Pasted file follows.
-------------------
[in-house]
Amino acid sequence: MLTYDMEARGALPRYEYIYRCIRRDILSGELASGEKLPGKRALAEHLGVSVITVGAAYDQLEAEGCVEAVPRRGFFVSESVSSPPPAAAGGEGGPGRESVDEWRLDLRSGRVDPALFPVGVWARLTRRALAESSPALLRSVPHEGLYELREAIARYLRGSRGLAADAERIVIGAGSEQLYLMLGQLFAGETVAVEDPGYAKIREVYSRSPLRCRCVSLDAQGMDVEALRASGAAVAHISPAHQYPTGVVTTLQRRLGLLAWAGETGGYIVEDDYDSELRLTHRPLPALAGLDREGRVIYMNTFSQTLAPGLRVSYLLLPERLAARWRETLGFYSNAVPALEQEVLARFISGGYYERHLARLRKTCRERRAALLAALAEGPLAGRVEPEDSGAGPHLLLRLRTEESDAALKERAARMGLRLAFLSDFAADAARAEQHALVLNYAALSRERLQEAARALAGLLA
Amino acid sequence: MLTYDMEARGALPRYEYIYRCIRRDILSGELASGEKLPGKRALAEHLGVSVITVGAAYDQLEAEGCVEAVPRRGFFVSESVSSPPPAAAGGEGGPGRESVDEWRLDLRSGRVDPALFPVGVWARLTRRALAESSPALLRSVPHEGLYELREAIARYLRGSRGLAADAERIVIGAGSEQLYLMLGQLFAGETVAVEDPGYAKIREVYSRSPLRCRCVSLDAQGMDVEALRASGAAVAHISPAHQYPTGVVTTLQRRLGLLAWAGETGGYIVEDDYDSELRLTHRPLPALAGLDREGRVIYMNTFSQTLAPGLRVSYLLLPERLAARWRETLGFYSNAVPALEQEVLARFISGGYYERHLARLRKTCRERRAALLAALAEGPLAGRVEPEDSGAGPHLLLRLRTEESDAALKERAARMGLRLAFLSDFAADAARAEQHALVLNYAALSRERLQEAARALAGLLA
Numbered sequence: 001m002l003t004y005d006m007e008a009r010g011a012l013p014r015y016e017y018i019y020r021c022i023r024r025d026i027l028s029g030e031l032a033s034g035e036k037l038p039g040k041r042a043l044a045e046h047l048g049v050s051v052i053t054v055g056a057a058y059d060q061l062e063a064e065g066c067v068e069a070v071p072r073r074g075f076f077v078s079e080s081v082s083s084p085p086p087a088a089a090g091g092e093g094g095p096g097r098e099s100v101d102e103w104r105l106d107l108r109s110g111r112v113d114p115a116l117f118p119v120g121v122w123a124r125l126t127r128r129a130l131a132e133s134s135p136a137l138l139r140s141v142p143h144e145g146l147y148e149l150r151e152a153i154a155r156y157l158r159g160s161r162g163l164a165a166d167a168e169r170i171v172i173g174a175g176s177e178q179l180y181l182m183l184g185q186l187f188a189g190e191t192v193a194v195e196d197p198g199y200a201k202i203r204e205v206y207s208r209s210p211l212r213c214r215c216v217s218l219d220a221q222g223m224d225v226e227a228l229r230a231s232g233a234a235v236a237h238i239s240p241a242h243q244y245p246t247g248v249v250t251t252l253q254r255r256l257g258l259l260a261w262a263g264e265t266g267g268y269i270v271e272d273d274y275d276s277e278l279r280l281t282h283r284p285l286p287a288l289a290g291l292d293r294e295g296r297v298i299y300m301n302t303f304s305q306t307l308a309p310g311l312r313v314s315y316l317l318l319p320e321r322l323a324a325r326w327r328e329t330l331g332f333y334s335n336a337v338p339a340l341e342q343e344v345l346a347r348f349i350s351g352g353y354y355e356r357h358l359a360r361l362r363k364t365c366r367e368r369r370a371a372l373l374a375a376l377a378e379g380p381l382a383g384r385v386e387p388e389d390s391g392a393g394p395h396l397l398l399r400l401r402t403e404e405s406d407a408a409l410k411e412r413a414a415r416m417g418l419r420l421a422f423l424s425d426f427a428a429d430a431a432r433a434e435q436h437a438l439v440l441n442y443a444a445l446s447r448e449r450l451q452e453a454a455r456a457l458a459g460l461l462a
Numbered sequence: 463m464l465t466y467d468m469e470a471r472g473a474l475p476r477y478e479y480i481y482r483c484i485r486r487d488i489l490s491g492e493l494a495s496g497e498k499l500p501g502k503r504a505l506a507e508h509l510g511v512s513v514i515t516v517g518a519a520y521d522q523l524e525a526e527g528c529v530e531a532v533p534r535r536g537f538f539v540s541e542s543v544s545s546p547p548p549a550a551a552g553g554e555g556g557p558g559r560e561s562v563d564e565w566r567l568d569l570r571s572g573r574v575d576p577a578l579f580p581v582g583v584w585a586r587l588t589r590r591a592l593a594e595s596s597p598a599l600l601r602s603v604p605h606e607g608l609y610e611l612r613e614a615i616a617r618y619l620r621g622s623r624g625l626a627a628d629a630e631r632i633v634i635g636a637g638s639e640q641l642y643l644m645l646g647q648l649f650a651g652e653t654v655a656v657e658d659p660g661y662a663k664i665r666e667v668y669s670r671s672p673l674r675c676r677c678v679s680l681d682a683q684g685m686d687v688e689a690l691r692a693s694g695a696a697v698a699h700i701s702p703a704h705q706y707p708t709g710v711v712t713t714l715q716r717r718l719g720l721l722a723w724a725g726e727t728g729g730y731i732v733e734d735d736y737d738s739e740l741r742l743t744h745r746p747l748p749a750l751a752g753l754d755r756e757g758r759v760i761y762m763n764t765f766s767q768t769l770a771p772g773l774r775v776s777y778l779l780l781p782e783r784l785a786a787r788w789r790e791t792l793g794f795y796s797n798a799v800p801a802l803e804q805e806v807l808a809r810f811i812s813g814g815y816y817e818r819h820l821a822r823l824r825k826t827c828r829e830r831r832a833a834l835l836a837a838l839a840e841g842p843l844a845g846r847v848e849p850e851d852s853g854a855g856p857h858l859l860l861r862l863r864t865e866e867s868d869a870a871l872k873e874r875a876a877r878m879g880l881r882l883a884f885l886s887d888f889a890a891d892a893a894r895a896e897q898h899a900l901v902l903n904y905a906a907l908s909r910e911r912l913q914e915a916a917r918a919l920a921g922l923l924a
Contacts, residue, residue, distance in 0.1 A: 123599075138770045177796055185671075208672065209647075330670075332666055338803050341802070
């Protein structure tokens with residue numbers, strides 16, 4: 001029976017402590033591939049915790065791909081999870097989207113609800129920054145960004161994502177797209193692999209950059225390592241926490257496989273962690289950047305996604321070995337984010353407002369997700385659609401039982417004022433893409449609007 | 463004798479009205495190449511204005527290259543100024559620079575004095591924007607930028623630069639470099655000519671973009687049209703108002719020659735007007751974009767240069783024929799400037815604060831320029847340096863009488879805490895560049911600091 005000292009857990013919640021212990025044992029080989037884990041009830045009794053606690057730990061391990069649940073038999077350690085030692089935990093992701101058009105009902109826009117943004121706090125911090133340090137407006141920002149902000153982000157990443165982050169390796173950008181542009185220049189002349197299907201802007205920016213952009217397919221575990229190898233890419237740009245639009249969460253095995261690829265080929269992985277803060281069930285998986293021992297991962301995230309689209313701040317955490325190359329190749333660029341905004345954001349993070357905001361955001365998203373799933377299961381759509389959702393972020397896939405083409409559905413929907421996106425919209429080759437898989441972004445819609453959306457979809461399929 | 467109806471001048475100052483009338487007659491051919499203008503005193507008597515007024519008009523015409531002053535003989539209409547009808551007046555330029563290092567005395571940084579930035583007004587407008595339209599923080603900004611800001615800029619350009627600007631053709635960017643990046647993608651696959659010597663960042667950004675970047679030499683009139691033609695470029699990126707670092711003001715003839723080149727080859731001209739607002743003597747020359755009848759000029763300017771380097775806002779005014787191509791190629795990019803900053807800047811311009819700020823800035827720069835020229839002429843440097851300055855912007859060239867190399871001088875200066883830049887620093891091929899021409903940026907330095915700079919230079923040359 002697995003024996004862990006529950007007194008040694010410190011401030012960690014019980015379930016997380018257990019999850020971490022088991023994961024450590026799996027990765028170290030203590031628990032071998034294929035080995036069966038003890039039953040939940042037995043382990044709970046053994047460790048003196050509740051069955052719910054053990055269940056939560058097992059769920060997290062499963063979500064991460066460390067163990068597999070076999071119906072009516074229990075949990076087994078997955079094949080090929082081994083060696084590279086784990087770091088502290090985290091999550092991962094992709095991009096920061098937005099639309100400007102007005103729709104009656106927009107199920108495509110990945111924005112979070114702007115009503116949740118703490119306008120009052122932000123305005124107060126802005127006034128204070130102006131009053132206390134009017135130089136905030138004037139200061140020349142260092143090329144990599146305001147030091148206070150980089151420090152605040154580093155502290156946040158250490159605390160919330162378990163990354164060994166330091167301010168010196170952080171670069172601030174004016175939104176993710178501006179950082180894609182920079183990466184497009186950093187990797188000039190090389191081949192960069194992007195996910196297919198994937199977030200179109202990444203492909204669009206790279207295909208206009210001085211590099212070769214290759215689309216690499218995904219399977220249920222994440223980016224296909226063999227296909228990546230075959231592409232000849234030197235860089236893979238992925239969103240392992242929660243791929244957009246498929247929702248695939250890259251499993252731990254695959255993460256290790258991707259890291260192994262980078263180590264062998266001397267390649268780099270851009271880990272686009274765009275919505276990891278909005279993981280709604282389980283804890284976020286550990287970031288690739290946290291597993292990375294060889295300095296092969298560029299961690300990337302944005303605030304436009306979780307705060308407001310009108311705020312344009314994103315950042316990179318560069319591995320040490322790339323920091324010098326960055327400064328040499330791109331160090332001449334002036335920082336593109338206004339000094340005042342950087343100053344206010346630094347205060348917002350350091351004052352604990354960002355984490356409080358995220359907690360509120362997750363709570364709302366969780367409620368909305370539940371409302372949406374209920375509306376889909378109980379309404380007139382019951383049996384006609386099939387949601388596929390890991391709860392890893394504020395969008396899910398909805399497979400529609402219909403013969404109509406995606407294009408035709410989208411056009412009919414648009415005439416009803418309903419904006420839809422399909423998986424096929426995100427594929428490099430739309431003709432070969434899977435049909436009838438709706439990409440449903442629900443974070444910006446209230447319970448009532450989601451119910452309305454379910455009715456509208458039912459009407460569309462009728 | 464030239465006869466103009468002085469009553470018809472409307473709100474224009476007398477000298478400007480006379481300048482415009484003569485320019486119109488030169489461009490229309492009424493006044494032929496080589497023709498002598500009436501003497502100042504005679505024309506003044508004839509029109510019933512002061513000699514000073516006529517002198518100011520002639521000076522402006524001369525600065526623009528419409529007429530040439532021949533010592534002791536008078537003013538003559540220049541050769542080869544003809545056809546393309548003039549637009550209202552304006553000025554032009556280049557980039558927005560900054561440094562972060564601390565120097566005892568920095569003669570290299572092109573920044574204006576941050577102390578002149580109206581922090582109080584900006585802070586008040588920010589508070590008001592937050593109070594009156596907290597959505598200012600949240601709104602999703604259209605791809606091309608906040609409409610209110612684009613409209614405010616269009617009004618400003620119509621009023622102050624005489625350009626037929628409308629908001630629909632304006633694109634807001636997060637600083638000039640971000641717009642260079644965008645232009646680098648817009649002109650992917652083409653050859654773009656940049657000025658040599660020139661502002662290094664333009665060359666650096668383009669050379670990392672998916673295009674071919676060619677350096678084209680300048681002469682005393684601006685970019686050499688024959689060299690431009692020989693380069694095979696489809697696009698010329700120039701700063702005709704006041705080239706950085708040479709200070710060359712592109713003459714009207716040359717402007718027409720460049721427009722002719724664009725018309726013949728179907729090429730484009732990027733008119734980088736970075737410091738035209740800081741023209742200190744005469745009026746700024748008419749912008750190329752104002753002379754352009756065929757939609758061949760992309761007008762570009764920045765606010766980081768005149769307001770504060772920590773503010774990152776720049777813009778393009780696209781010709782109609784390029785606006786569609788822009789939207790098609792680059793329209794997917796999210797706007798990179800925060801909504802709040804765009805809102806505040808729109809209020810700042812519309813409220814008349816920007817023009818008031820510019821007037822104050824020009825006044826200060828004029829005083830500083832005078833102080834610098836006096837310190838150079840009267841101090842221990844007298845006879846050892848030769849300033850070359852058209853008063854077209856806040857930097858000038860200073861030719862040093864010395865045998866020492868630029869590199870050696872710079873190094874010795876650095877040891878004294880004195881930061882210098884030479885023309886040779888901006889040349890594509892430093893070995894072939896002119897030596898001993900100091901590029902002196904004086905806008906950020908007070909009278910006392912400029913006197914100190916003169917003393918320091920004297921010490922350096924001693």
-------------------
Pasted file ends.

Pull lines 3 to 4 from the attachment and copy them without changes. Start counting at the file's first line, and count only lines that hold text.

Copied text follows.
Amino acid sequence: MLTYDMEARGALPRYEYIYRCIRRDILSGELASGEKLPGKRALAEHLGVSVITVGAAYDQLEAEGCVEAVPRRGFFVSESVSSPPPAAAGGEGGPGRESVDEWRLDLRSGRVDPALFPVGVWARLTRRALAESSPALLRSVPHEGLYELREAIARYLRGSRGLAADAERIVIGAGSEQLYLMLGQLFAGETVAVEDPGYAKIREVYSRSPLRCRCVSLDAQGMDVEALRASGAAVAHISPAHQYPTGVVTTLQRRLGLLAWAGETGGYIVEDDYDSELRLTHRPLPALAGLDREGRVIYMNTFSQTLAPGLRVSYLLLPERLAARWRETLGFYSNAVPALEQEVLARFISGGYYERHLARLRKTCRERRAALLAALAEGPLAGRVEPEDSGAGPHLLLRLRTEESDAALKERAARMGLRLAFLSDFAADAARAEQHALVLNYAALSRERLQEAARALAGLLA
Numbered sequence: 001m002l003t004y005d006m007e008a009r010g011a012l013p014r015y016e017y018i019y020r021c022i023r024r025d026i027l028s029g030e031l032a033s034g035e036k037l038p039g040k041r042a043l044a045e046h047l048g049v050s051v052i053t054v055g056a057a058y059d060q061l062e063a064e065g066c067v068e069a070v071p072r073r074g075f076f077v078s079e080s081v082s083s084p085p086p087a088a089a090g091g092e093g094g095p096g097r098e099s100v101d102e103w104r105l106d107l108r109s110g111r112v113d114p115a116l117f118p119v120g121v122w123a124r125l126t127r128r129a130l131a132e133s134s135p136a137l138l139r140s141v142p143h144e145g146l147y148e149l150r151e152a153i154a155r156y157l158r159g160s161r162g163l164a165a166d167a168e169r170i171v172i173g174a175g176s177e178q179l180y181l182m183l184g185q186l187f188a189g190e191t192v193a194v195e196d197p198g199y200a201k202i203r204e205v206y207s208r209s210p211l212r213c214r215c216v217s218l219d220a221q222g223m224d225v226e227a228l229r230a231s232g233a234a235v236a237h238i239s240p241a242h243q244y245p246t247g248v249v250t251t252l253q254r255r256l257g258l259l260a261w262a263g264e265t266g267g268y269i270v271e272d273d274y275d276s277e278l279r280l281t282h283r284p285l286p287a288l289a290g291l292d293r294e295g296r297v298i299y300m301n302t303f304s305q306t307l308a309p310g311l312r313v314s315y316l317l318l319p320e321r322l323a324a325r326w327r328e329t330l331g332f333y334s335n336a337v338p339a340l341e342q343e344v345l346a347r348f349i350s351g352g353y354y355e356r357h358l359a360r361l362r363k364t365c366r367e368r369r370a371a372l373l374a375a376l377a378e379g380p381l382a383g384r385v386e387p388e389d390s391g392a393g394p395h396l397l398l399r400l401r402t403e404e405s406d407a408a409l410k411e412r413a414a415r416m417g418l419r420l421a422f423l424s425d426f427a428a429d430a431a432r433a434e435q436h437a438l439v440l441n442y443a444a445l446s447r448e449r450l451q452e453a454a455r456a457l458a459g460l461l462a